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Words: Sam Faroqui
Photos: Josh Kearns
In February 2009, making the case for his stimulus package as the US economy reeled from the fallout of the 2008 crash, President Obama warned that a failure to take decisive action could see a stateside repeat of Japan’s ‘lost decade’ – the period from 1991 to 2000 (followed by a considerable hangover in the noughties) during which the country experienced no significant economic growth. Somehow, Japan – the site of the post-war economic ‘miracle’, the home of high tech – had become a byword for chronic stagnation and economic failure.
But a couple of days after Japanese premier Shinzo Abe declares his signature economic strategy has finally brought an end to deflation, the country’s ambassador to the UK, Keiichi Hayashi, is eager to emphasise that things have changed.
“Japan is now full of business opportunities. Under Abenomics, the prime minister has repeatedly said that Japan is back,” he says. “After almost one and a half or two decades, Japan is getting out of this vicious deflationary spiral. Share prices have gone up by over 50% over the past two years, and there has been positive economic growth – five, six quarters of positive growth over the past year and a half.”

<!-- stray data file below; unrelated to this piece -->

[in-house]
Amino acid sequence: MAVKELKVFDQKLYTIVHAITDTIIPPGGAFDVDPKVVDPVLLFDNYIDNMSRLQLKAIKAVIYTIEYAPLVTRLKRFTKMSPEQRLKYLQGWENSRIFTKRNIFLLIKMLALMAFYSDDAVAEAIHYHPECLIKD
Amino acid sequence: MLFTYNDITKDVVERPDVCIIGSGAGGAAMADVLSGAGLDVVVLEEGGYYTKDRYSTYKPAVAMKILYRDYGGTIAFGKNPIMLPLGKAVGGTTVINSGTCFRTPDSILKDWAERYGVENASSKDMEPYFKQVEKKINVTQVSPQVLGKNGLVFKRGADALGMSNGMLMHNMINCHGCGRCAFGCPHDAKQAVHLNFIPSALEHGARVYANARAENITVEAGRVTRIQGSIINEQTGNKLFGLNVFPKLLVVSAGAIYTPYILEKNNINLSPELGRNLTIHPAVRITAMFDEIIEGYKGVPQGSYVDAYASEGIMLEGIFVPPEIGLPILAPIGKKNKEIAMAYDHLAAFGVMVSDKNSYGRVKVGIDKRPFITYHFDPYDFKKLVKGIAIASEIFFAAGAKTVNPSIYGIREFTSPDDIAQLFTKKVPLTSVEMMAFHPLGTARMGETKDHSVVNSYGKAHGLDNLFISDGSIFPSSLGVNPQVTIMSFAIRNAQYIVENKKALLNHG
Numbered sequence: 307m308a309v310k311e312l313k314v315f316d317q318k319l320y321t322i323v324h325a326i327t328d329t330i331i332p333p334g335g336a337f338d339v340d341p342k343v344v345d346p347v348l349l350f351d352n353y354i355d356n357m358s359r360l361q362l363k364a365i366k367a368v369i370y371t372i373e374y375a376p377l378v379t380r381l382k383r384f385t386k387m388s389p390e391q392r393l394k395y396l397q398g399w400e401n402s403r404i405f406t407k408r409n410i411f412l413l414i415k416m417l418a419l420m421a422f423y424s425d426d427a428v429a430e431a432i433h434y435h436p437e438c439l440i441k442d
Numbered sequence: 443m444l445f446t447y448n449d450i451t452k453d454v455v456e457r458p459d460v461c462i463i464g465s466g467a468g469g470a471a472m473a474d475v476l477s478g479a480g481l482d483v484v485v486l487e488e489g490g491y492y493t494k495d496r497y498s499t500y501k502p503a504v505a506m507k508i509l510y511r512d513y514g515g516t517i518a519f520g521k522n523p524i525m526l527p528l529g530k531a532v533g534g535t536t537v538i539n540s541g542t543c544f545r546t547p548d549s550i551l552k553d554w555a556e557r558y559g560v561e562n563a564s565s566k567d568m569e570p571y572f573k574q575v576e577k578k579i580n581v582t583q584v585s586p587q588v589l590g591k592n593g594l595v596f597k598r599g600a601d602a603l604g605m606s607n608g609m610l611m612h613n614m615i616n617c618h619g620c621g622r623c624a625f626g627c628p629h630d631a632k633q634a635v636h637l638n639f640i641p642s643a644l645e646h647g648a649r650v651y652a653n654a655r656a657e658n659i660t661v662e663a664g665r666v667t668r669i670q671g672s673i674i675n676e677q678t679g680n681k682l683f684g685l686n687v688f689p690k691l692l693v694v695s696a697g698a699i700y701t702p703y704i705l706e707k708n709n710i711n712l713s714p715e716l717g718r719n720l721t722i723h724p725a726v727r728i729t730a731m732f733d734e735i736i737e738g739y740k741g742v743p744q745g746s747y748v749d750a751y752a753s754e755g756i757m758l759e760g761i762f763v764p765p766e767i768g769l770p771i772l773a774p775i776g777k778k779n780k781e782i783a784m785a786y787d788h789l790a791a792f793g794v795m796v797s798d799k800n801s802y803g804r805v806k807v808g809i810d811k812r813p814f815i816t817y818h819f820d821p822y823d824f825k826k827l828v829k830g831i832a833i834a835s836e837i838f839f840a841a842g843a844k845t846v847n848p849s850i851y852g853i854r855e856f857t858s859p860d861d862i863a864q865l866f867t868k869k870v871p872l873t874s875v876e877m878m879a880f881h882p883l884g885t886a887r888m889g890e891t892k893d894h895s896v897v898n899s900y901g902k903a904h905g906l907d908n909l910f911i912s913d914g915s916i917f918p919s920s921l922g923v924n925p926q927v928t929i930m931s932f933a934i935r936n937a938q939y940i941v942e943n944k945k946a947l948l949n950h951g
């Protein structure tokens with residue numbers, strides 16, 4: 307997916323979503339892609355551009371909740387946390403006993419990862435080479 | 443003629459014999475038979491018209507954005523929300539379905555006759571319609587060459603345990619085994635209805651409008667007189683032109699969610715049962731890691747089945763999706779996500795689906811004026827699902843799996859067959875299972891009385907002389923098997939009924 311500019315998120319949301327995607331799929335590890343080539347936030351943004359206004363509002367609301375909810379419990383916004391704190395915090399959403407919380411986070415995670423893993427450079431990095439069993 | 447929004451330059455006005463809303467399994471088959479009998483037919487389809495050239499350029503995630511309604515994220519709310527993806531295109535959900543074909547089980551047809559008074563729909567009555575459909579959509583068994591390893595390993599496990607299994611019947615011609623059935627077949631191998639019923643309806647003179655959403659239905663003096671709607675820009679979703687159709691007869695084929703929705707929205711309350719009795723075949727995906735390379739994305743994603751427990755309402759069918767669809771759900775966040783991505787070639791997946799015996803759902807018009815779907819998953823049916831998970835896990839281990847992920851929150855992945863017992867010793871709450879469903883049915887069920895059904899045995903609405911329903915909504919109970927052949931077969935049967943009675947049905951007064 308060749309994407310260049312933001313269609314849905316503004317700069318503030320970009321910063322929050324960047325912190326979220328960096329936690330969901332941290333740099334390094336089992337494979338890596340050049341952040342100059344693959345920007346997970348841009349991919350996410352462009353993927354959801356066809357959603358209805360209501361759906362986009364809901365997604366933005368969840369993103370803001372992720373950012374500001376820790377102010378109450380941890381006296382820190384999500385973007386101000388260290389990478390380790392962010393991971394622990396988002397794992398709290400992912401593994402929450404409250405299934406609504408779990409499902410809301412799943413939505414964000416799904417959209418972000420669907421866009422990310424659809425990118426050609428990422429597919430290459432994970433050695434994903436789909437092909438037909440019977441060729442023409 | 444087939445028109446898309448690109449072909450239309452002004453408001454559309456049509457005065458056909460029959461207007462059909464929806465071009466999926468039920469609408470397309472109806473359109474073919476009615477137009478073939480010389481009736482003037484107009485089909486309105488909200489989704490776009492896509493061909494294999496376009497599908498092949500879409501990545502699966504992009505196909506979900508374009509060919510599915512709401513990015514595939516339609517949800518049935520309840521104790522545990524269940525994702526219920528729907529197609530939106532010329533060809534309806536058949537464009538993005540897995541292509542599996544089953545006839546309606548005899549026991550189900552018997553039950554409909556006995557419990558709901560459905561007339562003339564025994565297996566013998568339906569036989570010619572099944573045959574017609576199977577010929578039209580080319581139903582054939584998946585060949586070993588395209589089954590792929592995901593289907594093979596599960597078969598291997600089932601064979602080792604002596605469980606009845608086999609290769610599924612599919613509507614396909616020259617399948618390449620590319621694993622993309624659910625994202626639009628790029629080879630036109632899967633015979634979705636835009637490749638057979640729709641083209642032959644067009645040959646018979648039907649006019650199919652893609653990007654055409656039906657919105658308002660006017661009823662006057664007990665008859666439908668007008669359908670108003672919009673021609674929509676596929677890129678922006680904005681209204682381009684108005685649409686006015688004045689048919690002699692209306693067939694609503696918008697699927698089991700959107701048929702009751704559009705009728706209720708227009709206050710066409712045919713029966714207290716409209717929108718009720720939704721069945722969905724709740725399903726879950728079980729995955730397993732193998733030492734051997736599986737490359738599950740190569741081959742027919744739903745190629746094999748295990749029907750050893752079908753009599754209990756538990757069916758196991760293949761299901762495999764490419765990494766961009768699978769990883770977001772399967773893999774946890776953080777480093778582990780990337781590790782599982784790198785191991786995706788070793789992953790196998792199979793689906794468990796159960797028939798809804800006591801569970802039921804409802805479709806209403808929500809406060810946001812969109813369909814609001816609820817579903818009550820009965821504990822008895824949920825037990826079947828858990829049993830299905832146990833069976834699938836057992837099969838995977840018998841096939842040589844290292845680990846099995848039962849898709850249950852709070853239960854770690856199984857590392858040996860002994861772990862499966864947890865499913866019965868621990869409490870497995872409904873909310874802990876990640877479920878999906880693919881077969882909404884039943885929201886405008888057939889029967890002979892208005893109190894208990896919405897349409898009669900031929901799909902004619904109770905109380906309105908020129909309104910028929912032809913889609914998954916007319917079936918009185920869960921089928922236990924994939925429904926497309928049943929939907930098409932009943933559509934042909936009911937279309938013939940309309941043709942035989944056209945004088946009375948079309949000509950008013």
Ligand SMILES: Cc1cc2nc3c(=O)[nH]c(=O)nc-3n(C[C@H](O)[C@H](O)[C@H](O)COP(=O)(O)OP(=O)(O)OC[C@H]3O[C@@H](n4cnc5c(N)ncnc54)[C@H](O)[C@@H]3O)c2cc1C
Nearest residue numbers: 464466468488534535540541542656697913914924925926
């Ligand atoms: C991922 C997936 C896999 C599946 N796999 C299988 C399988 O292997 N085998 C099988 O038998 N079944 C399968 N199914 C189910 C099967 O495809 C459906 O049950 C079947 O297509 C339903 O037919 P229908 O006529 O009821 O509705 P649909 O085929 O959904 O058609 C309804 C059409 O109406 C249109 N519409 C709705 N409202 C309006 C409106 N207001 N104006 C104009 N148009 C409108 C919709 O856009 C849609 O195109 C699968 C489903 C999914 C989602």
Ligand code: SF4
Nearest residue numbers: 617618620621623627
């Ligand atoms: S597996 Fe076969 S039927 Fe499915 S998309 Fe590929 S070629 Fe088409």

Abenomics, the Japanese prime minister’s three-pronged effort to turn around his nation’s economy, is composed of the ‘three arrows’ of fiscal stimulus, quantitative easing – as favoured by the UK’s own central bank – and structural reforms. Encouraging greater inward investment will be a key part of that ‘third arrow’, the Ambassador explains.
“The prime minister himself has made it very clear that the government in Japan wants to see more foreign direct investment into Japan, and in fact he has set a target of doubling the amount of foreign direct investment into Japan by 2020,” he says. “It’s quite a challenge, but in order to do that he will have to implement all sorts of reform measures to encourage foreign investors to be keener on investing into Japan.”
As regards outward investment, Hayashi is keen to stress the importance to Japan of its business relationship with the UK.
“From our perspective, the UK is also an excellent business opportunity,” he says. “Currently, about 1,000 Japanese companies are operating in this country; this has created more than 160,000 jobs. In fact, in terms of inflow of Japanese investment, the last year was a record high at £8.6bn, which is a huge sum.
“In terms of Japanese investment to foreign countries, it is second only to the United States, so our investment to the UK exceeds that to China. So it’s quite an important business partner.”